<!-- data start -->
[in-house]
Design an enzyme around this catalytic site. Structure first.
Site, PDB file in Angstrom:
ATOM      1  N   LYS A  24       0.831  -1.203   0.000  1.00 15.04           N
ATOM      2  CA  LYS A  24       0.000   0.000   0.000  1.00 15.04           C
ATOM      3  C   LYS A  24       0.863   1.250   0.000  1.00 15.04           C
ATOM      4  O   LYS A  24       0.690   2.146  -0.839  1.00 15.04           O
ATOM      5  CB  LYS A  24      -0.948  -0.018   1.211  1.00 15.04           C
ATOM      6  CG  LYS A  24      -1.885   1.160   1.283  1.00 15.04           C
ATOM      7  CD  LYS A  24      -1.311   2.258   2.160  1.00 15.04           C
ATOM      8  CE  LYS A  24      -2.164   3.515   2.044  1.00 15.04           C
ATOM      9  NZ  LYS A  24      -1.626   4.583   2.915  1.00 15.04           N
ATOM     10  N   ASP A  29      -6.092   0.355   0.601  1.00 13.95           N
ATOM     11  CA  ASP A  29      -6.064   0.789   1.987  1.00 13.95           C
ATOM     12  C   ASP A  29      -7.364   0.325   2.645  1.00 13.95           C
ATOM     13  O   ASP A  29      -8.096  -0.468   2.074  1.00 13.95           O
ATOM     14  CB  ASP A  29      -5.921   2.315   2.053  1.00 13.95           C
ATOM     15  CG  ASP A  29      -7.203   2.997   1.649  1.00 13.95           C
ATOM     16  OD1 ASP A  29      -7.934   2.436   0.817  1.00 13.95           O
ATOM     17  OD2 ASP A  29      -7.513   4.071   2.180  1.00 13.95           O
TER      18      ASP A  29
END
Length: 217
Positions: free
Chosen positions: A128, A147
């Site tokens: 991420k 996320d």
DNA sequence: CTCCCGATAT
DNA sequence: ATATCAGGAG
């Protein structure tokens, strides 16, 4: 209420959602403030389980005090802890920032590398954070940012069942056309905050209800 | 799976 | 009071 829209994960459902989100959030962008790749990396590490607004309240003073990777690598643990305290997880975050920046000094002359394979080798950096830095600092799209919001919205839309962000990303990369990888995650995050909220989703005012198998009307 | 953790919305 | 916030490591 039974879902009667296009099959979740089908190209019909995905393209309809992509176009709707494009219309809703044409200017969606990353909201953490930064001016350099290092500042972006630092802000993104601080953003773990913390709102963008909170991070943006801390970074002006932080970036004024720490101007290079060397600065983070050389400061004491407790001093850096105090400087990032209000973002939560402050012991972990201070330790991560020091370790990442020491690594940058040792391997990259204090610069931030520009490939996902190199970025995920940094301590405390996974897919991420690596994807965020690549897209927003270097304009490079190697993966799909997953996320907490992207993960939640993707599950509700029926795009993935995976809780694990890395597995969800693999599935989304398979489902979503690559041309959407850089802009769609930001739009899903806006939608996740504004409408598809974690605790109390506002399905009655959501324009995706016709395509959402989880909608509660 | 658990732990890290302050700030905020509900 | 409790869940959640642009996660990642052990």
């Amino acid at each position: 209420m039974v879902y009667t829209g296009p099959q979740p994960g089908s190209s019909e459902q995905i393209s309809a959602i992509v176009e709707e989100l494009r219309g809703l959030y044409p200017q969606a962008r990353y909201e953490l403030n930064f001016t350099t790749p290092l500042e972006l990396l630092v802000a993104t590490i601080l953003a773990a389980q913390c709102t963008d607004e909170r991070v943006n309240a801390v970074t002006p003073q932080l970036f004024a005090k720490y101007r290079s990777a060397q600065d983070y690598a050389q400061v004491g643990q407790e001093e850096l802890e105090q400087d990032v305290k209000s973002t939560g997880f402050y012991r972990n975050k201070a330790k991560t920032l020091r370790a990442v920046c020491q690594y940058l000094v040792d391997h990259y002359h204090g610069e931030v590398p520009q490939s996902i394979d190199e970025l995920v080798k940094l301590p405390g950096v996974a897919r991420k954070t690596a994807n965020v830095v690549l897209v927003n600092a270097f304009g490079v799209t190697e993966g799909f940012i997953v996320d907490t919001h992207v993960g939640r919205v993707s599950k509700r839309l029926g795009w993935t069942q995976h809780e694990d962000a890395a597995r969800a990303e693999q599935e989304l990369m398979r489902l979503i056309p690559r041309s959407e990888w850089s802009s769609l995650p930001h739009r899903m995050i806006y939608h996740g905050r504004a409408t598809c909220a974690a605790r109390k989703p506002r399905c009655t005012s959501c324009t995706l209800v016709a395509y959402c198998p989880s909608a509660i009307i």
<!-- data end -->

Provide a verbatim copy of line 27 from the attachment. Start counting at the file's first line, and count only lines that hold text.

DNA sequence: CTCCCGATAT